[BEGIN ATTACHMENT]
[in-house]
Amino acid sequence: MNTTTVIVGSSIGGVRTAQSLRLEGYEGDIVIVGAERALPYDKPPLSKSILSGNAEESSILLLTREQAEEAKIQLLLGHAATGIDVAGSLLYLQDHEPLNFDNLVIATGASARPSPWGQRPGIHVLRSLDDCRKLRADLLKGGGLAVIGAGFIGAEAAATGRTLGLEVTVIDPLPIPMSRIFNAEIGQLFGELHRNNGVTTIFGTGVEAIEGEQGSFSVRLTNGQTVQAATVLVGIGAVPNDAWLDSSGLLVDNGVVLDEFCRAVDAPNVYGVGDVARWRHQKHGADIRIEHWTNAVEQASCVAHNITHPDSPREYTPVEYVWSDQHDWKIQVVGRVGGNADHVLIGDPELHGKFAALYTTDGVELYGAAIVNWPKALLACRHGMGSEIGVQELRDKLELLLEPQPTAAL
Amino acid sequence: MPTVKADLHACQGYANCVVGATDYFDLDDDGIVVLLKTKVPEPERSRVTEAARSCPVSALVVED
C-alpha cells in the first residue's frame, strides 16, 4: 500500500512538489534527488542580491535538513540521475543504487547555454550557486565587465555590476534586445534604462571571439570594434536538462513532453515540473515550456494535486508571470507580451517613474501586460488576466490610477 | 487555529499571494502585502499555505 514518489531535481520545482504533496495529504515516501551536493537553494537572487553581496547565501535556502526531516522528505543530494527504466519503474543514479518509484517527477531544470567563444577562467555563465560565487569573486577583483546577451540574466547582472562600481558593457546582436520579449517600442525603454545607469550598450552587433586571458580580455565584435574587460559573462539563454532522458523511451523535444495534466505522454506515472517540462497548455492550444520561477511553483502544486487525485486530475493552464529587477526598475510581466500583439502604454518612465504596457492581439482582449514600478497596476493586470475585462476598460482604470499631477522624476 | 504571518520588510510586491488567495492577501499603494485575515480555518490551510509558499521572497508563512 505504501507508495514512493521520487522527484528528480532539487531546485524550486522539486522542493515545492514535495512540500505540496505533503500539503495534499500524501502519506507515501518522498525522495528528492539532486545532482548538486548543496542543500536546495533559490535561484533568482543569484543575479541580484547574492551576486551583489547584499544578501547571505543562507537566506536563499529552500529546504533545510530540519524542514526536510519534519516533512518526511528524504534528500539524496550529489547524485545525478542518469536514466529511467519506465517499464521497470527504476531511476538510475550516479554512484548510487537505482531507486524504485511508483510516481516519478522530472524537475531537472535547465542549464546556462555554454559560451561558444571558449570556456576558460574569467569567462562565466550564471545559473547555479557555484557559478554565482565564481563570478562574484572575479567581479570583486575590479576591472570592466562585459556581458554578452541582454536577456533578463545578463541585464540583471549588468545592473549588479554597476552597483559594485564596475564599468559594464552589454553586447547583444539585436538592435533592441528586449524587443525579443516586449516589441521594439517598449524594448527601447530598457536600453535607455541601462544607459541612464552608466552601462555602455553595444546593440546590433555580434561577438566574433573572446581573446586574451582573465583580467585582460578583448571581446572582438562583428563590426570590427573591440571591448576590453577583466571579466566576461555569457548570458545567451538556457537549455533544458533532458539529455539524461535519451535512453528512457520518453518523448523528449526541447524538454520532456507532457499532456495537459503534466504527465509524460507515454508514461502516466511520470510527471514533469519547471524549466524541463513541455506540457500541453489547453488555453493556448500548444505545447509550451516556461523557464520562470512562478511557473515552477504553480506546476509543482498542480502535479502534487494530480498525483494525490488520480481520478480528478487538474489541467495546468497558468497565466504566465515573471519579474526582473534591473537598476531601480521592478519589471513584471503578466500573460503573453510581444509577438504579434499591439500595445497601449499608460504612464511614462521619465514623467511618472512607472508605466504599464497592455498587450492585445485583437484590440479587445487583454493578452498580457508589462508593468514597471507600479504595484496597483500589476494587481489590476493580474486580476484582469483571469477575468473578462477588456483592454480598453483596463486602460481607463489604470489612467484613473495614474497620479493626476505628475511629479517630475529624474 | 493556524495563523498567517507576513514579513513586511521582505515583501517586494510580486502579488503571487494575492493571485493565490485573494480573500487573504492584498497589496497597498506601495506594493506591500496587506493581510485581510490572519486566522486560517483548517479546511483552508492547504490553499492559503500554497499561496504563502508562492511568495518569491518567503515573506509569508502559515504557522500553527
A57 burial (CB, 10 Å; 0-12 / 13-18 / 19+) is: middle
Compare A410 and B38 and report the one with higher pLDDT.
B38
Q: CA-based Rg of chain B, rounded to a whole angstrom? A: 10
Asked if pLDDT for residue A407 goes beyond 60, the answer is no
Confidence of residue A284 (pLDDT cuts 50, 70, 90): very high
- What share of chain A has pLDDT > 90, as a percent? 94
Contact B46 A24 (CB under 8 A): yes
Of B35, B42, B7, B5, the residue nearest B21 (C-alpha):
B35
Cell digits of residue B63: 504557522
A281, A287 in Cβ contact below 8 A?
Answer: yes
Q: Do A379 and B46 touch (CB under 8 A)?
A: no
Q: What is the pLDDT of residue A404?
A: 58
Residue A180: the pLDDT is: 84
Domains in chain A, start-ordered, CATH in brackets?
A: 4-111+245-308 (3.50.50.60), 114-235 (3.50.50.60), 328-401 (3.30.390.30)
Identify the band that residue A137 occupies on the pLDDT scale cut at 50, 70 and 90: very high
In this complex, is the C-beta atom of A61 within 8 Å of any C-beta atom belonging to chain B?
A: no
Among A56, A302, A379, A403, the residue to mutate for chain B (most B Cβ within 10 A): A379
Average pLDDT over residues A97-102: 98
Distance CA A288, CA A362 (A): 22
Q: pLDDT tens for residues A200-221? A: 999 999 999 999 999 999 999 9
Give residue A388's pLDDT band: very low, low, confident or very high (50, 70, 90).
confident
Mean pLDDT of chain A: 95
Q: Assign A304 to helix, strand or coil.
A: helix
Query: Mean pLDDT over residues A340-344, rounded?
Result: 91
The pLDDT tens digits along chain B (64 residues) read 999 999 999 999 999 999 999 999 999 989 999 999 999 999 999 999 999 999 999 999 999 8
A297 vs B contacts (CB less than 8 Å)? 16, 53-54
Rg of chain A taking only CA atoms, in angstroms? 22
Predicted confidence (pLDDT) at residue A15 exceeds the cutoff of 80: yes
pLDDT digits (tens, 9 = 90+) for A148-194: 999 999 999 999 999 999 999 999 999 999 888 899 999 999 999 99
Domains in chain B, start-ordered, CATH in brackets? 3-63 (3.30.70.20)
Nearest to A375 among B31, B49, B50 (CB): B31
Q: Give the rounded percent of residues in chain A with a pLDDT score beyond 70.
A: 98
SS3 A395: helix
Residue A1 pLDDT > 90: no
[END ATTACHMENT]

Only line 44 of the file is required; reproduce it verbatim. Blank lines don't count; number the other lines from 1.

Domains in chain B, start-ordered, CATH in brackets? 3-63 (3.30.70.20)